From The Ledger: “A riot broke out at an all-male Florida Department of Juvenile Justice facility in Avon Park on Saturday night that left 18 buildings damaged and caused hundreds of thousands of dollars in damage, according to the Polk County Sheriff’s Office. The Avon Park Youth Academy is on 36 acres in unincorporated Polk County at the Avon Park Air Force Range off state Road 64 East. Officials said 138 boys between 16 and 18 years old were being housed at the academy. None escaped during the commotion. Seven boys were taken to Florida Hospital in Sebring with mostly minor injuries, including cuts, bruises and a concussion. […] The facility is maintained by the state Department of Juvenile Justice but the security employees are contracted through G4S, a private security company headquartered in Jupiter. By rule at the facility, none of the security personnel are allowed to carry any specialty equipment like pepper spray, according to the DJJ. […] About 8:30 p.m. Saturday, a group of five boys from St. Petersburg and a group of five boys from Orlando wagered three Cup O’ Noodles soups on a basketball game. The team from St. Petersburg lost the game but then refused to pay. A fight broke out between the teams and other boys joined the conflict as it escalated into a riot, according to the Sheriff’s Office. […] The rioters were subdued and restrained with plastic handcuffs as more than 150 law enforcement officers arrived at the academy. The damage was done though. Clothes and trash littered the streets of the complex, windows were smashed out, and the medical center was raided in an apparent search for drugs, according to the Sheriff’s Office. Computers and refrigerators were turned into ruins. An office building that housed juvenile records was set on fire during the riot. [T]his was the first conflict of this scale at the academy, which opened in July 2003. She said it is one of the largest juvenile justice facilities in the state.” The full story.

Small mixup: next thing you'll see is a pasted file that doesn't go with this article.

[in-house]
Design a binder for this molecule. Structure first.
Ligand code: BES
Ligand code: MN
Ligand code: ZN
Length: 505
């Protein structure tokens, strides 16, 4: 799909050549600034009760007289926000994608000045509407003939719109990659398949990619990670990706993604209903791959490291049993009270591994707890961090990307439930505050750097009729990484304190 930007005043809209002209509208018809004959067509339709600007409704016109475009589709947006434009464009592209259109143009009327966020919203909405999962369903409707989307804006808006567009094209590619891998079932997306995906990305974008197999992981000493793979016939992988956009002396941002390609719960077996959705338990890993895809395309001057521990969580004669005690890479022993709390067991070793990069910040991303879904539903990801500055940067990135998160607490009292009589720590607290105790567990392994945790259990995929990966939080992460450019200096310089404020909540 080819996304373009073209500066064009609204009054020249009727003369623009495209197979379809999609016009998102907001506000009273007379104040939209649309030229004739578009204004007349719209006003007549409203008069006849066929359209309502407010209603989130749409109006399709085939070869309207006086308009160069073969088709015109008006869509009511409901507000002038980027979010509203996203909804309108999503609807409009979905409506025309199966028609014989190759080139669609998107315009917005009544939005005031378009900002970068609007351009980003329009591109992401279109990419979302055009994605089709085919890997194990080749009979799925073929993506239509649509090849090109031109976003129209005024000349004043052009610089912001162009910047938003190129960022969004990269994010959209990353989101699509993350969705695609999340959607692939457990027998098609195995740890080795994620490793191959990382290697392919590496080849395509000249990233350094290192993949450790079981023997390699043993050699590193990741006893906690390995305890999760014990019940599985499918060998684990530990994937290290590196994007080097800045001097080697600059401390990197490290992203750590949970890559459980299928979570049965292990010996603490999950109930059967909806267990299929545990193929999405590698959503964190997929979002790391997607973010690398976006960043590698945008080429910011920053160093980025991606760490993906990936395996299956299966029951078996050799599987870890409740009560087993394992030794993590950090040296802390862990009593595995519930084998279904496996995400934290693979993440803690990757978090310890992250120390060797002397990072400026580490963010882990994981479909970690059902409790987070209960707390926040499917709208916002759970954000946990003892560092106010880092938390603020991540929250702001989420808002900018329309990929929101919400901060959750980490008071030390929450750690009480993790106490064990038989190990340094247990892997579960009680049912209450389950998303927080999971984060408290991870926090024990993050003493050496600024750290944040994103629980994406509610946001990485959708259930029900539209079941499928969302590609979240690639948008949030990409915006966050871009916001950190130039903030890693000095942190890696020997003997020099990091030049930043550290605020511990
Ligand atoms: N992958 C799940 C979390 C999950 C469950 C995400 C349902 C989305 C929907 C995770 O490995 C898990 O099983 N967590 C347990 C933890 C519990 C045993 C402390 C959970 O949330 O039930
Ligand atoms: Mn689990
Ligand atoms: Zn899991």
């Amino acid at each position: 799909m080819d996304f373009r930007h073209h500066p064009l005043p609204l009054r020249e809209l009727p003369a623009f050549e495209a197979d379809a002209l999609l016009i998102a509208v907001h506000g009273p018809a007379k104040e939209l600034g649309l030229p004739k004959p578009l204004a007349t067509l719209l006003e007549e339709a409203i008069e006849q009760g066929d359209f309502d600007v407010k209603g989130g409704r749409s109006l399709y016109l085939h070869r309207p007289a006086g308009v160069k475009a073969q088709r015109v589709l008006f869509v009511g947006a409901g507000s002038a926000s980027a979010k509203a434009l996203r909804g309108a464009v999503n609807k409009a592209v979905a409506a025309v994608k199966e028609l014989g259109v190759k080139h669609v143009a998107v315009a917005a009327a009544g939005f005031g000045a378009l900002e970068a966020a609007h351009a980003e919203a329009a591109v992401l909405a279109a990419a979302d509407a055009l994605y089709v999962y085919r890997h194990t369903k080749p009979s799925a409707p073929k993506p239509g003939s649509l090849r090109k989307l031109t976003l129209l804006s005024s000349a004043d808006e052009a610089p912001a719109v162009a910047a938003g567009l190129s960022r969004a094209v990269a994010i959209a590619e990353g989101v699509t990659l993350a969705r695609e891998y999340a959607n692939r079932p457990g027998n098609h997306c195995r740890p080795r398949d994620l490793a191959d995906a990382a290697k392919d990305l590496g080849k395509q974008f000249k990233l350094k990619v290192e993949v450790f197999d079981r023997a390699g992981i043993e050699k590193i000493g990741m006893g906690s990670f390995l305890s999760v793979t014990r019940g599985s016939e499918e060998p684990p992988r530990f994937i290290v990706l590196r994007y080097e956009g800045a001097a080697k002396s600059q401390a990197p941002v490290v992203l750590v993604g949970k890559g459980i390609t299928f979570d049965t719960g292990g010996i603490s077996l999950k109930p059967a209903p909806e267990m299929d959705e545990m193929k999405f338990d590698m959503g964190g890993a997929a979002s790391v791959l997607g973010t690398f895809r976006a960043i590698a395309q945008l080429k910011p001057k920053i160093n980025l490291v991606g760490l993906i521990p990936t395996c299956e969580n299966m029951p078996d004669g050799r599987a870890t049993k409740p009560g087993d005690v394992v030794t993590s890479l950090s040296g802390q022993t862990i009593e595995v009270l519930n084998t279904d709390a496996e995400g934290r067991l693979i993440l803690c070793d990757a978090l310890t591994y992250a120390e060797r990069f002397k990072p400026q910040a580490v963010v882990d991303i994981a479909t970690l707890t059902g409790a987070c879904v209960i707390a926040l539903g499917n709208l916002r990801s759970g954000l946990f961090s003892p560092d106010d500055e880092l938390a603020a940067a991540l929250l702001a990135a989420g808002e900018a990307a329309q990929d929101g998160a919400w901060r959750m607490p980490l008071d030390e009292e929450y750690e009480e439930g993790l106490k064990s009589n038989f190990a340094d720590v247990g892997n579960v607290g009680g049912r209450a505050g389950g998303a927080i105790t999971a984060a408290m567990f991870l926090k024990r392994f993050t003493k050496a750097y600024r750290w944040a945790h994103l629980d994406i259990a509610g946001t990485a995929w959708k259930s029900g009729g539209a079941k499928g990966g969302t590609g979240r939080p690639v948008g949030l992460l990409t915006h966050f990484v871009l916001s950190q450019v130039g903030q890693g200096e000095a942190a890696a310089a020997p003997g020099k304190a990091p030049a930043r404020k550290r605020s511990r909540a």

- Florida’s Juvenile Justice Eliminating 1,200 Jobs and Closing 3 Youth Prisons
- Florida Lockups Lite: Closing Prisons and Boot Camps, Privatizing Inmate Healthcare
- Abu Ghraib Brutality in Florida’s Youth Prisons: Suit Charges Rape and Other Abuses
- Duping Court Ruling, Florida Replacing Life Juvenile Sentencing With 50-Year Minimum
- Five Questions for Wansley Walters, Head of Florida’s Department of Juvenile Justice
From the Times: “With manufacturers now refusing to supply corrections departments with the drugs they had been using for executions, some states, like Georgia, have been resorting to obtaining drugs from unregulated compounding pharmacies — specialty drugmakers — which death penalty opponents say lack the proper quality control. Other states, as they run low on their old stock of drugs and are unable to replace them, are turning to new, untried methods like propofol or simply announcing that they are searching for a solution. In the beginning, it was relatively simple and uniform. Several dozen states adopted the three-drug cocktail for executions first used by Texas three decades ago — a sedative (usually sodium thiopental) was mixed with a paralytic agent (pancuronium bromide) followed by a drug inducing cardiac arrest (potassium chloride). The idea was to provide a quick, painless method to replace the electric chair, gas chamber and firing squad. But a shortage of pancuronium bromide a few years ago led some states to switch to a single-drug method, often simply administering enough sodium thiopental to cause death. The manufacturer of that drug, however, the Illinois-based Hospira, stopped providing it to corrections departments after workers at its Italian plant, and European officials, objected to the use of the drug for executions. Many state corrections departments switched to pentobarbital, another powerful sedative, in their three-drug cocktail. But when its manufacturer, the Danish-based Lundbeck, learned that its product was being used in death penalty cases, it refused to sell any more to corrections departments and insisted that its American distributors also refuse to supply the drug. Then, just last month, a federal judge in Washington ruled that sodium thiopental could not be imported into the country at all, because it had never been approved by the federal Food and Drug Administration. (It had been introduced before such F.D.A. approvals began.) […] “This drug issue is a temporary problem that is entirely fixable,” [said Kent Scheidegger, legal director of the Criminal Justice Legal Foundation, which supports the death penalty.] “It is not a long-term impediment to the resumption of capital punishment.” Death penalty opponents, however, feel that the rejection of one drug after another will inevitably limit capital punishment. The full story.